The negative effect could hit the job market if local corporations react to the dour financial news with reflexive cost-cutting moves, such as layoffs that could further affect the economy, Leamer said.
The situation hit home Monday morning when European monetary exchanges plummeted sharply, sending shock waves from New York to Glendale and Burbank.
The Dow Jones Industrial Average fell nearly 370 points Monday to finish below 10,000 points for the first time since October 2004. At one point during midday trading, the Dow fell by as much as 800 points, its biggest one-day drop, eclipsing a mark it set last week when the House rejected a proposed $700-billion bailout package for troubled financial institutions.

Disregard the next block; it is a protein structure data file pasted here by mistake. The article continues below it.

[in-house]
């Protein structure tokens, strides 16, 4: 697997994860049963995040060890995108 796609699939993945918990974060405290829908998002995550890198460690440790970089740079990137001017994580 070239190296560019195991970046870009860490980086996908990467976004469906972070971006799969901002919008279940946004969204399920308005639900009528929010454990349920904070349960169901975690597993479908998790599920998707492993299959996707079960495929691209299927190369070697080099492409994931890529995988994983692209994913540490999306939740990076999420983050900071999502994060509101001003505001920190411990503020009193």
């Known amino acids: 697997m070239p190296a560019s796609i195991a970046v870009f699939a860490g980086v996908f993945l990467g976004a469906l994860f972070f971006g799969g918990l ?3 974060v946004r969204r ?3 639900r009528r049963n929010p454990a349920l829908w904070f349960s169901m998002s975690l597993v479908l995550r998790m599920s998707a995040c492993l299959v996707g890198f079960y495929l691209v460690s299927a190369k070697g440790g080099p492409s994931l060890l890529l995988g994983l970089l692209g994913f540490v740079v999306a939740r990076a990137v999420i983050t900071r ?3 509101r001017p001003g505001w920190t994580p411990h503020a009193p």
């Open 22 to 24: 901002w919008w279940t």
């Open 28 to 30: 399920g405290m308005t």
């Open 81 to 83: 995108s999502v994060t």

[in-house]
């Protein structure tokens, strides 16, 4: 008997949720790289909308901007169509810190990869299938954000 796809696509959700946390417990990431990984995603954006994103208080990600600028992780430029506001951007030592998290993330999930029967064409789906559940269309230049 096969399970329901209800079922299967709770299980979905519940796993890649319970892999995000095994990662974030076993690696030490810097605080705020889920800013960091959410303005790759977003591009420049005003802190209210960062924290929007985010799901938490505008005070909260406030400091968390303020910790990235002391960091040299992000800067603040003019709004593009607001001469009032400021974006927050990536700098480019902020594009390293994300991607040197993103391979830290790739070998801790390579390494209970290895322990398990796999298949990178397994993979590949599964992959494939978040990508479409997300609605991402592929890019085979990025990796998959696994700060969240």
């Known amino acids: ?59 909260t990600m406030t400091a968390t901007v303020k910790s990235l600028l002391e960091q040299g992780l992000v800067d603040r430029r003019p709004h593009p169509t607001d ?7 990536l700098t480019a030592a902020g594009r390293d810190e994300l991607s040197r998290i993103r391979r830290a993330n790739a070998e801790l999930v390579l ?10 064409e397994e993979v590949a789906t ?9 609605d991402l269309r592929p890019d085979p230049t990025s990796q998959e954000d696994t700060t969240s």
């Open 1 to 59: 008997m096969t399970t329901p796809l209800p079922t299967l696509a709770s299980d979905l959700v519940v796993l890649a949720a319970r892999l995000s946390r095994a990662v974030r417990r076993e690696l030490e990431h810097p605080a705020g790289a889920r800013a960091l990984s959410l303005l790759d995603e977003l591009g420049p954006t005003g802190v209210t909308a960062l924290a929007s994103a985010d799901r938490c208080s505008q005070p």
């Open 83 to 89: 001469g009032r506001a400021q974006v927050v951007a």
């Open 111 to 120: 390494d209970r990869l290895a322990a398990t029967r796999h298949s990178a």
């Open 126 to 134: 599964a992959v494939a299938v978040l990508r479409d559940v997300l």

When Congress passed a revised version of its bill Friday, elected officials hoped the infusion of cash to banks that had taken on bad debt as a result of the collapsed housing market would sooth a troubled market.
President Bush pressed Congress to take action amid dire warnings of what would happen if his proposed bailout package was not accepted and local representatives who voted for the bill Friday said action was needed to be taken to avert further fiscal collapse.
The warnings may have contributed to nervousness on Wall Street and in the region, where anxious business leaders sought answers to the economy’s vexing problems, Leamer said.
“My concern is that all this fear from our leadership about the financial market will cause a sensible reaction from [businesses] to curtail their business plans,” he said.